/euh sklee"pee euhs/, n. Class. Myth.
a son of Apollo and the ancient Greek god of medicine and healing, worshiped by the Romans as Aesculapius.

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Greco-Roman god of medicine.

He was the son of Apollo and the nymph Coronis. He learned the art of healing from the Centaur Chiron. Fearful that Asclepius would make humans immortal, Zeus slew him with a thunderbolt. His cult originated in Thessaly and spread throughout Greece. Because he was said to cure the sick in dreams, the practice of sleeping in his temples became common. Asclepius was often represented holding a staff with a serpent coiled around it.

Asclepius, from an ivory diptych, 5th century AD; in the Liverpool City Museum, England

The Bridgeman Art Library/Art Resource

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Greek  Asklepios,  Latin  Aesculapius,  
 Greco-Roman god of medicine, son of Apollo (god of healing, truth, and prophecy) and the mortal princess Coronis. The Centaur Chiron taught him the art of healing. At length Zeus (the king of the gods), afraid that Asclepius might render all men immortal, slew him with a thunderbolt. Apollo slew the Cyclopes who had made the thunderbolt and was then forced by Zeus to serve Admetus.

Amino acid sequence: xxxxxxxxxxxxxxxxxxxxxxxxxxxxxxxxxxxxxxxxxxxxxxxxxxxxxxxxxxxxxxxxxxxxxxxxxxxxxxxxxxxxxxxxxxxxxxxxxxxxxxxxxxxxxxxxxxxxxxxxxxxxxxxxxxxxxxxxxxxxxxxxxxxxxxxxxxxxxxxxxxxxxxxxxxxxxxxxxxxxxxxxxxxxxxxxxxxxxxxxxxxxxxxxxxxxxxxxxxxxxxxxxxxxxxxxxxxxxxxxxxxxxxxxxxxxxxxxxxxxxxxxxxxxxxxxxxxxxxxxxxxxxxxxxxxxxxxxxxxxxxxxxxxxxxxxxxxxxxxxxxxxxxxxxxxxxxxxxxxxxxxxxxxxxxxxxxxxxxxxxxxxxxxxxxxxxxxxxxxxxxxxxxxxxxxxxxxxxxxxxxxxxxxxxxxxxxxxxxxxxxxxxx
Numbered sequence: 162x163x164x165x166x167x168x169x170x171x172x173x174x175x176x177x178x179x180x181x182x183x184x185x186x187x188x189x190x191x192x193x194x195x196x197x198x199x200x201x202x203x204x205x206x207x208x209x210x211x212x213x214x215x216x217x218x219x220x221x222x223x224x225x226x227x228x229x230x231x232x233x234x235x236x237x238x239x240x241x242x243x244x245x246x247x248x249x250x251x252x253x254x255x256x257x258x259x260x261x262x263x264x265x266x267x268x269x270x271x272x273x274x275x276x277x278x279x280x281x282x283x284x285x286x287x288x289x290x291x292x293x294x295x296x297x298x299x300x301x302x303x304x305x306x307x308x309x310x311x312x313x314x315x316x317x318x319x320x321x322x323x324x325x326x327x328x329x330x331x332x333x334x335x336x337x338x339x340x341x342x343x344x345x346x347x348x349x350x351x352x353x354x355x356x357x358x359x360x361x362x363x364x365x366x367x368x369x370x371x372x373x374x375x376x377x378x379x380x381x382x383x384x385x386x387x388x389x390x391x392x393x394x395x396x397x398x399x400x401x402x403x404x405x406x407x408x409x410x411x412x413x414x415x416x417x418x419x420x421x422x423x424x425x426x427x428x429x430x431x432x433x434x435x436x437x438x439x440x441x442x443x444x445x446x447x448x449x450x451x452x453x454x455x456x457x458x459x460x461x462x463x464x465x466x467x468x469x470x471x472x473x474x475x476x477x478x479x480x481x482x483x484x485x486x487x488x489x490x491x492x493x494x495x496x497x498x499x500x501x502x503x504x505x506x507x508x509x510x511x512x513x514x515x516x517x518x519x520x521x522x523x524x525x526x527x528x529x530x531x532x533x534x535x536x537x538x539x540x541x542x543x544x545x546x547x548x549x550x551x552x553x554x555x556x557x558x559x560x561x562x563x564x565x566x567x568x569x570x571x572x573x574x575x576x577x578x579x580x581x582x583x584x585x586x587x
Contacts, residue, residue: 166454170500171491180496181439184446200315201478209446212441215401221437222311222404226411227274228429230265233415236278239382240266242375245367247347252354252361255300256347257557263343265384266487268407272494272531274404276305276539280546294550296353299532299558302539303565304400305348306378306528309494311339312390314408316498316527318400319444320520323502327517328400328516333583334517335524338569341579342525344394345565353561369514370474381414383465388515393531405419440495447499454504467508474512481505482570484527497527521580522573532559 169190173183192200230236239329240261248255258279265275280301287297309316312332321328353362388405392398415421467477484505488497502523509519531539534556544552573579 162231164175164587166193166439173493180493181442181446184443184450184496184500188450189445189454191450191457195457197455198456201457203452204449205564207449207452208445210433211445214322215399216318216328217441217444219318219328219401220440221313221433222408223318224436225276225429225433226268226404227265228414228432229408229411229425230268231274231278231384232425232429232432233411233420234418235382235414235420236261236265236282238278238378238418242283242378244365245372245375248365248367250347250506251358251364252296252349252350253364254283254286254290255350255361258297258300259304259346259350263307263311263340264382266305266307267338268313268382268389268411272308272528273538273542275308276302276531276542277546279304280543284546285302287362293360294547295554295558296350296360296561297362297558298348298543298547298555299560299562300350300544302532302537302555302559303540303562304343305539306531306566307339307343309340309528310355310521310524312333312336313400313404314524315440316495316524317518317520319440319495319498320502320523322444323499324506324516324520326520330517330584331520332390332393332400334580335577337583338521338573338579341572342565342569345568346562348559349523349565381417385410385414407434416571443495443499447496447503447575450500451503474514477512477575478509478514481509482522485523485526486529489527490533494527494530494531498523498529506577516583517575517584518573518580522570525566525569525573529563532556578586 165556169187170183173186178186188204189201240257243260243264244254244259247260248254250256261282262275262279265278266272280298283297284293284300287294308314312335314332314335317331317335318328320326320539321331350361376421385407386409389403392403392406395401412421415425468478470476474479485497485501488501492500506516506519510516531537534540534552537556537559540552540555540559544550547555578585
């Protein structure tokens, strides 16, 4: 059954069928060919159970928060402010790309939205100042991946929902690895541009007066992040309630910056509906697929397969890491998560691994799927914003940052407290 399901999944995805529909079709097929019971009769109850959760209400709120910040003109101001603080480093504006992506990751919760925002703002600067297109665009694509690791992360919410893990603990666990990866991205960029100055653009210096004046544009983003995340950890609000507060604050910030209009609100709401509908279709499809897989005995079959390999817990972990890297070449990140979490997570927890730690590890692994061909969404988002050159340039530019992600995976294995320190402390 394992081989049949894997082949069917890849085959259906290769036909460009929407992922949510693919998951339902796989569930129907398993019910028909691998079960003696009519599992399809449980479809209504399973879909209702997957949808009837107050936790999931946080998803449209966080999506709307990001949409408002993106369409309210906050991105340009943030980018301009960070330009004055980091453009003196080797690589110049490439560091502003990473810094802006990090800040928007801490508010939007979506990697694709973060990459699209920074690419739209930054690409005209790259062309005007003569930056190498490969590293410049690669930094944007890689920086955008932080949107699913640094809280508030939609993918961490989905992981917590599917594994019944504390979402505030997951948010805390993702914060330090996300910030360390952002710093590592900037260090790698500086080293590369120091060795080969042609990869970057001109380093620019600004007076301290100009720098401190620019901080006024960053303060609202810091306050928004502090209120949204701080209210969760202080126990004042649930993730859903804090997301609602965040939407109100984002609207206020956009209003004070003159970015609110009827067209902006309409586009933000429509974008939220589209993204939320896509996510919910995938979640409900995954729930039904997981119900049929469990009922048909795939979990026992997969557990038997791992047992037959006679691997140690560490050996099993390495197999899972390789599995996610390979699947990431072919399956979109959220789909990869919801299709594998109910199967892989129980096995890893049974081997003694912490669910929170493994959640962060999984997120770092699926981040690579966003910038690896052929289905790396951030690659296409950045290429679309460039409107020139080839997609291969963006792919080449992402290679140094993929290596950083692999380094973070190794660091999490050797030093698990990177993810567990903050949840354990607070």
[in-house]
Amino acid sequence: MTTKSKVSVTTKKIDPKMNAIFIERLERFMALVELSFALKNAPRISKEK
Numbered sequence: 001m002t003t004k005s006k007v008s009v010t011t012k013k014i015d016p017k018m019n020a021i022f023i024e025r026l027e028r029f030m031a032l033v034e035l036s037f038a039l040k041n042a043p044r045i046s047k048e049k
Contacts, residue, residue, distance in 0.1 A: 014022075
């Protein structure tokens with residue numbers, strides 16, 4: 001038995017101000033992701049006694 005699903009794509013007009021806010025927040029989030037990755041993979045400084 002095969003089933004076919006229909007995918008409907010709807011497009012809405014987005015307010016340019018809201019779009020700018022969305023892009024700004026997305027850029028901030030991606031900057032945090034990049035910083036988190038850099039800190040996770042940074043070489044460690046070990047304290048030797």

Homer, in the Iliad, mentions him only as a skillful physician and the father of two Greek doctors at Troy, Machaon and Podalirius; in later times, however, he was honoured as a hero and eventually worshiped as a god. The cult began in Thessaly but spread to many parts of Greece. Because it was supposed that Asclepius effected cures of the sick in dreams, the practice of sleeping in his temples in Epidaurus in South Greece became common. In 293 BC his cult spread to Rome, where he was worshiped as Aesculapius.

      Asclepius was frequently represented standing, dressed in a long cloak, with bare breast; his usual attribute was a staff with a serpent coiled around it. This staff is the only true symbol of medicine. A similar but unrelated emblem, the caduceus, with its winged staff and intertwined serpents, is frequently used as a medical emblem but is without medical relevance since it represents the magic wand of Hermes, or Mercury, the messenger of the gods and the patron of trade.

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Universalium. 2010.

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